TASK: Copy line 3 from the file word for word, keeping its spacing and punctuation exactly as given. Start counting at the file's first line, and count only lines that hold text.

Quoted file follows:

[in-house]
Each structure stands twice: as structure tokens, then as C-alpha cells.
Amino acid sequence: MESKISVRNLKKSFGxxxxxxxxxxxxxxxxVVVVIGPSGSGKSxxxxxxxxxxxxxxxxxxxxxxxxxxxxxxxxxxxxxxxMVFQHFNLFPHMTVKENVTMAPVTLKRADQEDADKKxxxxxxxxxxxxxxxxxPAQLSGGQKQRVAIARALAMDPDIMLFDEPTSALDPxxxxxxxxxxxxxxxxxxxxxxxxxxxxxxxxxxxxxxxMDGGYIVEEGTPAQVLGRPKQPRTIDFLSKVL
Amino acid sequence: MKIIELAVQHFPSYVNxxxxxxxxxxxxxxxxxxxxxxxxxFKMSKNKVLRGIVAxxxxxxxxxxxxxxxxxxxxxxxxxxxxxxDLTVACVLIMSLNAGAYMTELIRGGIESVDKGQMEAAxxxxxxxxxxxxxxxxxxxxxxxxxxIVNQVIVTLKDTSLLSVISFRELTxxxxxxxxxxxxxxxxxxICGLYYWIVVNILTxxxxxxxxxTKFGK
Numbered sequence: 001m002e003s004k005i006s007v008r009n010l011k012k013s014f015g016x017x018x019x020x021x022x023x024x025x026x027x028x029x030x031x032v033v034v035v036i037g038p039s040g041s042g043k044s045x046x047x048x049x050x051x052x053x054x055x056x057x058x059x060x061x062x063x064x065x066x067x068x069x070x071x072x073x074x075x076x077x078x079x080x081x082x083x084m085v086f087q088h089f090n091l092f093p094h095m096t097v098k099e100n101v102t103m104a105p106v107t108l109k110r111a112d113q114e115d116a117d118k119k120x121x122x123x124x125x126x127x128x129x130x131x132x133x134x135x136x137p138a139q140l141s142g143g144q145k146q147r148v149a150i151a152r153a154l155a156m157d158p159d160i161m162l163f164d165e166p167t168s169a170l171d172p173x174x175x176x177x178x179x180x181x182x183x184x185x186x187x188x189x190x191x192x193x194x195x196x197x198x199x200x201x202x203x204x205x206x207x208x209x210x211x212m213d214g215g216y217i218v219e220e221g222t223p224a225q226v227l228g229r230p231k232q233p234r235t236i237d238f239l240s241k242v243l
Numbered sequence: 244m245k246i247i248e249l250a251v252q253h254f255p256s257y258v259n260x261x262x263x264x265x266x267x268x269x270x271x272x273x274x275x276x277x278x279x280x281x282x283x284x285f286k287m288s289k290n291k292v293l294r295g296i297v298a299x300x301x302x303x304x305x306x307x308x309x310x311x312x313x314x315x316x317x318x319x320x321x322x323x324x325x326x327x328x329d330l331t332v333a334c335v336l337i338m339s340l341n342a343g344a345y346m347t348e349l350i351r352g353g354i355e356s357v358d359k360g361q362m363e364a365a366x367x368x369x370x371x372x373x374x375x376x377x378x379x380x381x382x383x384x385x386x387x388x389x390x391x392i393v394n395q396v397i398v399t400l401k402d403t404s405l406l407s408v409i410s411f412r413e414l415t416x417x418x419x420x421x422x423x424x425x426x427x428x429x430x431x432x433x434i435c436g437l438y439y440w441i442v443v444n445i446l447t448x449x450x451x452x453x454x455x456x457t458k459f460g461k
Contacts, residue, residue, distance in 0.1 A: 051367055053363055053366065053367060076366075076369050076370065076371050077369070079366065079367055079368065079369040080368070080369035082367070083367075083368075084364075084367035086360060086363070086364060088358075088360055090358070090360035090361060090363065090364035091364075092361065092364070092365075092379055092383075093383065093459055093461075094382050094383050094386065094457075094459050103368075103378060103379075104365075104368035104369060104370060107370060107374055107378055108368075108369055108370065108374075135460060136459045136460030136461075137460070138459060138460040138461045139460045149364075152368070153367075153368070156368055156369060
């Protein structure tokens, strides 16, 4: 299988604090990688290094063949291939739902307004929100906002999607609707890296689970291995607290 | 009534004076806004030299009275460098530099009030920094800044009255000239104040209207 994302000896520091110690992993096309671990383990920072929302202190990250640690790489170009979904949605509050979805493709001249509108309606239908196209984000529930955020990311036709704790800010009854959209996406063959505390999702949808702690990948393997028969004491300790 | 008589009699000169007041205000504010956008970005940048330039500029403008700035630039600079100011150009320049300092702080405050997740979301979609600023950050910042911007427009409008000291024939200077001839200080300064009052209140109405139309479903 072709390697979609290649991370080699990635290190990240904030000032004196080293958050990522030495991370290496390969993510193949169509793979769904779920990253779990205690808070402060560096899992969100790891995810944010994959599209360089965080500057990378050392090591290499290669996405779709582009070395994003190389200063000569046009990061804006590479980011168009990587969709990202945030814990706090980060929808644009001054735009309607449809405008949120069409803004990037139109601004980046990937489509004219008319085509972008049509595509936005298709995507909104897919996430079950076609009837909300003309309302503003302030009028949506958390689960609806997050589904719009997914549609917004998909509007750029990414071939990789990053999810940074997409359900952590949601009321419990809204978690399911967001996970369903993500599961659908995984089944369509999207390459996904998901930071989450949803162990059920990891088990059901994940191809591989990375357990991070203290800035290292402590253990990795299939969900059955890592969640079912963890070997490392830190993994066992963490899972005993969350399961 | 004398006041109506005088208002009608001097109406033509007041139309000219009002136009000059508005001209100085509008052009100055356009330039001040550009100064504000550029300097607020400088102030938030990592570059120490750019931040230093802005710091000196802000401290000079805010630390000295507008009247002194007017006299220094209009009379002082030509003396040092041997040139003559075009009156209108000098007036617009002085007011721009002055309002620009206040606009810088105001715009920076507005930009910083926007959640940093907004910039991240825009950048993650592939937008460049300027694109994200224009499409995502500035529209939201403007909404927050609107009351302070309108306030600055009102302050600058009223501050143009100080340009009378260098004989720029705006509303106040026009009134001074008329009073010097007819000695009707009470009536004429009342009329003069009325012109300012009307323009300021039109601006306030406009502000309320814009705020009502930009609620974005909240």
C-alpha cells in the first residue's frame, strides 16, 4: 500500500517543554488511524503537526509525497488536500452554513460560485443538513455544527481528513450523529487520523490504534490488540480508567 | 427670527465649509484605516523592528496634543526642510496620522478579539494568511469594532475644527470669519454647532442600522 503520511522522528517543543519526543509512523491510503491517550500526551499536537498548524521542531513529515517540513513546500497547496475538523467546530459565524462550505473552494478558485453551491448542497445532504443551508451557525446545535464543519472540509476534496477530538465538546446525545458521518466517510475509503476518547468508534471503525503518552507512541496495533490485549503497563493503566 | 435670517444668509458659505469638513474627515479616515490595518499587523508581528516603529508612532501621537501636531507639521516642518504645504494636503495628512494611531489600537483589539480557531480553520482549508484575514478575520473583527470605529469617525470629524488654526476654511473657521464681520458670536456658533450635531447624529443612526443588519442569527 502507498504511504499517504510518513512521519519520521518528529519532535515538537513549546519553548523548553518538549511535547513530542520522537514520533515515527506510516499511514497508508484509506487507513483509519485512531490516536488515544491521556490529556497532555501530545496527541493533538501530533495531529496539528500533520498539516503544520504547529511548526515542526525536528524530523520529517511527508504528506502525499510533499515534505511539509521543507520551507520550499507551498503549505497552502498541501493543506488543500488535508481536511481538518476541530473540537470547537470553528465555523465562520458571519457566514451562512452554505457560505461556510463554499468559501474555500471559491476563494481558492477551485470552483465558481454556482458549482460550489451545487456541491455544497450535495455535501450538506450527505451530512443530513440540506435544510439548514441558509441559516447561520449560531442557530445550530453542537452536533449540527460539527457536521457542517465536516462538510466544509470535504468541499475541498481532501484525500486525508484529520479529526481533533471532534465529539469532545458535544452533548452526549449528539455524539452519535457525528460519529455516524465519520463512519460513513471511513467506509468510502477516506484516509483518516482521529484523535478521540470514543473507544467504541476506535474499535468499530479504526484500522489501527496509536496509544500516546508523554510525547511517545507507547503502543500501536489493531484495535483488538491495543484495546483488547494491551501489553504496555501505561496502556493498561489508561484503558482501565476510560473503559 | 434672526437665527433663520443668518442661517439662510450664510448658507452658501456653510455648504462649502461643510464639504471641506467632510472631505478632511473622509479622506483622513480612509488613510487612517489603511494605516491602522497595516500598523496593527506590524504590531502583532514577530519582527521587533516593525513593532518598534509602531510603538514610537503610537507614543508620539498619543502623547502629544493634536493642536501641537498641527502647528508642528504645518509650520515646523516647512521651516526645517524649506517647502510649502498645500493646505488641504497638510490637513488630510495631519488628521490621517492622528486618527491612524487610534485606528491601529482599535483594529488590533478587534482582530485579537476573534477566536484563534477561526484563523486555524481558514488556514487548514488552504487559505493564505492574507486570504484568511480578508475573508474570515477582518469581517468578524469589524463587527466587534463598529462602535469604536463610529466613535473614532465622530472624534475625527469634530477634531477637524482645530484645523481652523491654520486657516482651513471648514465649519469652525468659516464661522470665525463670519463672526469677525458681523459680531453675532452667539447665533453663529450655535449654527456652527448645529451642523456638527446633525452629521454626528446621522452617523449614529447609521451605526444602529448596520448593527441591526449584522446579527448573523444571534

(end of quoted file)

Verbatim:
Amino acid sequence: MESKISVRNLKKSFGxxxxxxxxxxxxxxxxVVVVIGPSGSGKSxxxxxxxxxxxxxxxxxxxxxxxxxxxxxxxxxxxxxxxMVFQHFNLFPHMTVKENVTMAPVTLKRADQEDADKKxxxxxxxxxxxxxxxxxPAQLSGGQKQRVAIARALAMDPDIMLFDEPTSALDPxxxxxxxxxxxxxxxxxxxxxxxxxxxxxxxxxxxxxxxMDGGYIVEEGTPAQVLGRPKQPRTIDFLSKVL